In order to avoid volumetric locking effects, the F-bar element [28] has been used in the computations. The indenter has been assumed rigid, and frictionless contact constraints have been enforced using the augmented Lagrangian method [29]. Implementation and computations have been performed using the AceGen/AceFEM system (http://www.fgg.uni-lj.si/Symech/), see [30, 31] for the details of automation of the solid and contact formulations.

Finite element simulations have been carried out for the micro-indentation test with the indenter radius R = 200 μm. The finite element mesh has dimensions 1,200 × 1,200 × 600 μm. The mesh has been significantly refined in the central part of the dimensions 300 × 300 × 100 μm. The mesh consists of 22.944 eight-node solid elements, and the total number of degrees of freedom is 73.083 including the contact Lagrange multipliers.

Model parameters used in the computations reported in this work are provided in Table 2. Typical elastic constants are taken from the literature. For the latent hardening ratio, a typical value of q = 1.4 has been adopted. A reasonably high value of the exponent n = 20 has been used. Finally, the initial CRSS and hardening parameters have been identified such that the load-penetration curve of crystal C1 in micro-indentation is reproduced with good accuracy, see below. The load-penetration curve for crystal C2 and deformation patterns for any orientation are predicted based on this identification. Note, however, that the hardening parameters cannot be uniquely determined from the indentation curve.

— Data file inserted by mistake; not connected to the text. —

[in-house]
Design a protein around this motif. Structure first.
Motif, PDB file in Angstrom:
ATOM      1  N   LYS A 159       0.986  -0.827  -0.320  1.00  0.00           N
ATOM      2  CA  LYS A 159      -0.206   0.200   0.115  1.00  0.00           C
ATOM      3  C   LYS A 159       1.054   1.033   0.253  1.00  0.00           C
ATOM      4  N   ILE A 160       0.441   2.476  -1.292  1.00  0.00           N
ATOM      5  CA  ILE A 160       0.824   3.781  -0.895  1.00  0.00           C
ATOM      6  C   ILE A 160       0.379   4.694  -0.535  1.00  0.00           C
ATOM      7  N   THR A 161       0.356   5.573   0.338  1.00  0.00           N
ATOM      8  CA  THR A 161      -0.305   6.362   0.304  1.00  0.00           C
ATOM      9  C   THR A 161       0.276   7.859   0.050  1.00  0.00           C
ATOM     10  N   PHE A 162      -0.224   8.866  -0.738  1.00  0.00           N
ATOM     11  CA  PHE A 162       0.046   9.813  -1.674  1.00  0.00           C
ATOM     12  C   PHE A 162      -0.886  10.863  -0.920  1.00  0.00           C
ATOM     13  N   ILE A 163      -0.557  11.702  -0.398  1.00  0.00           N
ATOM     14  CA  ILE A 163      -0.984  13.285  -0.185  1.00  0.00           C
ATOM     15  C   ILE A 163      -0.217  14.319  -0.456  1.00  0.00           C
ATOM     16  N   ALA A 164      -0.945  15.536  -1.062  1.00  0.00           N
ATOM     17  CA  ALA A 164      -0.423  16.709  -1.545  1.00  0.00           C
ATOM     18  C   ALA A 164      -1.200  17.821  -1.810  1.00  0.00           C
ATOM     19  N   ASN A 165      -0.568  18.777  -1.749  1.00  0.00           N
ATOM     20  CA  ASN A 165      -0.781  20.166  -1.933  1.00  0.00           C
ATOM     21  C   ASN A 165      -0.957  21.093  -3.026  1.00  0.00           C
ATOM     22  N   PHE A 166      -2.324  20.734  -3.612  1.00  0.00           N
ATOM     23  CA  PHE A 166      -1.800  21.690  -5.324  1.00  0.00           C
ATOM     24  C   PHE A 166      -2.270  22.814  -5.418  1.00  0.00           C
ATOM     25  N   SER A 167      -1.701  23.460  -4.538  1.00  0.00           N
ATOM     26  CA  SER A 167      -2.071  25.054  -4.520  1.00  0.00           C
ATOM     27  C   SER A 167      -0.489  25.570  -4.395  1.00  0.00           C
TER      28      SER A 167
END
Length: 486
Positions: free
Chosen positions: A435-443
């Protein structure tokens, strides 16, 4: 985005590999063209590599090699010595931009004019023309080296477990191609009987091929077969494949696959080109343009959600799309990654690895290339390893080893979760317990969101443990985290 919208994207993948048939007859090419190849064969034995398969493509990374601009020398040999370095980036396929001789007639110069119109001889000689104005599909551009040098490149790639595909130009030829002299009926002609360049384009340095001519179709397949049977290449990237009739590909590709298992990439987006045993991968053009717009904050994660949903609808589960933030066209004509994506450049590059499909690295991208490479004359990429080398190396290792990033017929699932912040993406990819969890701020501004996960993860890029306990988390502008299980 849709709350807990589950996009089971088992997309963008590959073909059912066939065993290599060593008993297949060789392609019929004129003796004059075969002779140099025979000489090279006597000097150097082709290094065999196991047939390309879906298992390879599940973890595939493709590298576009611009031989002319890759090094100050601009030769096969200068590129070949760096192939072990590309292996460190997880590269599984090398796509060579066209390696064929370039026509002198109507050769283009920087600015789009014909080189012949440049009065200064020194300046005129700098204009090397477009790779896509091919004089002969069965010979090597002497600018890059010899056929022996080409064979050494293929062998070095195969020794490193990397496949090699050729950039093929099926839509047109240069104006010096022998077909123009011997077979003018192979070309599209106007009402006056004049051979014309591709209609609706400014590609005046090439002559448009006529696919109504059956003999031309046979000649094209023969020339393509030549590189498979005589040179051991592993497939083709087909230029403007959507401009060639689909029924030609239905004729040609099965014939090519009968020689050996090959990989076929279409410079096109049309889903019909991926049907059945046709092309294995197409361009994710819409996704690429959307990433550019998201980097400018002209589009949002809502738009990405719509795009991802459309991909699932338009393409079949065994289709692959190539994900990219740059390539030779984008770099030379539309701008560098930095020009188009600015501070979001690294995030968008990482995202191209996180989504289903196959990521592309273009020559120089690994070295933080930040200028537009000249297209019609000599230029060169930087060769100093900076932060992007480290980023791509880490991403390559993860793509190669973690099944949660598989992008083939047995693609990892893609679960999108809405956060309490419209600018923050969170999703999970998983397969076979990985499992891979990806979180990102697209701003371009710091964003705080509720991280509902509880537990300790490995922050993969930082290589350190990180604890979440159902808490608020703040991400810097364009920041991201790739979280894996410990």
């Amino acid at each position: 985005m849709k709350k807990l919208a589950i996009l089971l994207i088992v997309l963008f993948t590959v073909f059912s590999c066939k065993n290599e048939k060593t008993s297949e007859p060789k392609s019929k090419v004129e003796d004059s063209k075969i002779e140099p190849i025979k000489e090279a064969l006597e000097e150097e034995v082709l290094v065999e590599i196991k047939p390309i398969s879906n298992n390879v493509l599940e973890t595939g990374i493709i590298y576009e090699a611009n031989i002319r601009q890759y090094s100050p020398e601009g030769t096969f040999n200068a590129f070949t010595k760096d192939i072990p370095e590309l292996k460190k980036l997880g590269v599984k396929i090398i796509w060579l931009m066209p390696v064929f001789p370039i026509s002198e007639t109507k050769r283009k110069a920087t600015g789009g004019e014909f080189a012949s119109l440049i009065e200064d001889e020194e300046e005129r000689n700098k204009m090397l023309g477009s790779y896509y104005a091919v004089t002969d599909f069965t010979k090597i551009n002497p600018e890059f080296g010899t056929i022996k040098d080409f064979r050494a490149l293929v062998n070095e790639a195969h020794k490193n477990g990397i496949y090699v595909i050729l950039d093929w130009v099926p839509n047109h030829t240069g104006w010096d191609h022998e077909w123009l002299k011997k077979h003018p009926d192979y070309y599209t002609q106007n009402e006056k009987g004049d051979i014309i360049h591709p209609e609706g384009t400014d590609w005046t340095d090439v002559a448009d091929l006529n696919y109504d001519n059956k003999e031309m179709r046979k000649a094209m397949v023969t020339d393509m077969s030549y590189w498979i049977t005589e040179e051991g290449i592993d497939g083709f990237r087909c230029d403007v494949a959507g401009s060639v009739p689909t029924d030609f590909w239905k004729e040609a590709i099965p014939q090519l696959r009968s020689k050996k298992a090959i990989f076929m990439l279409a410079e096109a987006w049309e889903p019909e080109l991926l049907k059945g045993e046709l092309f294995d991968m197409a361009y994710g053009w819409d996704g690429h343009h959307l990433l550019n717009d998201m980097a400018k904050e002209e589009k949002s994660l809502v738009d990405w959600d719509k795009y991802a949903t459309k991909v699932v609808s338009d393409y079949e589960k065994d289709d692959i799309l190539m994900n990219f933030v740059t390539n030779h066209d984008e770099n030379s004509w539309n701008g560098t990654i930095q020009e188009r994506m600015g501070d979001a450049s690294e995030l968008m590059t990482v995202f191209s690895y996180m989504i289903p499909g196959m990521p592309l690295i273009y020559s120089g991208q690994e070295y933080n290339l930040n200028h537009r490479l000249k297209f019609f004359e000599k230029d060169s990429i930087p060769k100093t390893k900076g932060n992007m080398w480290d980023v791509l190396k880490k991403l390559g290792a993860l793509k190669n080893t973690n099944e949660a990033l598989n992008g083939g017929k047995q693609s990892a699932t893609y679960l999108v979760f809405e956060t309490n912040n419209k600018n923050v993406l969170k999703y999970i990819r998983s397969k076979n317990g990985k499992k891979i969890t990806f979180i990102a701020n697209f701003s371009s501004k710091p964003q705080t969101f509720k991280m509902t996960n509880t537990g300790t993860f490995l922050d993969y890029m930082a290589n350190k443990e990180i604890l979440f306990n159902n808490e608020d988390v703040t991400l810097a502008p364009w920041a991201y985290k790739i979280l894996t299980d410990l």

Table 2

Parameters of the crystal plasticity model

C 11

C 12

C 44

\( {\widehat{\tau}}_0 \)

\( {\widehat{\tau}}_1 \)

\( {\widehat{\theta}}_0 \)

\( {\widehat{\theta}}_1 \)

q

n

170 GPa

124 GPa

75 GPa

12 MPa

54 MPa

180 MPa

6 MPa

1.4

20

Comparison of the Numerical and Experimental Results

The numerical model described above has been applied to simulate the microindentation tests. Consideration of the size effects observed at the nanoscale, cf. Fig. 4, would require an extension of the model, for instance by including the strain gradient effects, which is beyond the scope of this paper. The results of computations are thus presented in comparison to the experimental observations at the micro-scale only. The load-penetration curves are presented in Fig. 12(a) and (b) for the crystals C1 and C2, respectively.
Fig. 12

Comparison of experimental and numerical load-penetration curves in micro-scale: (a) crystal C1, (b) crystal C2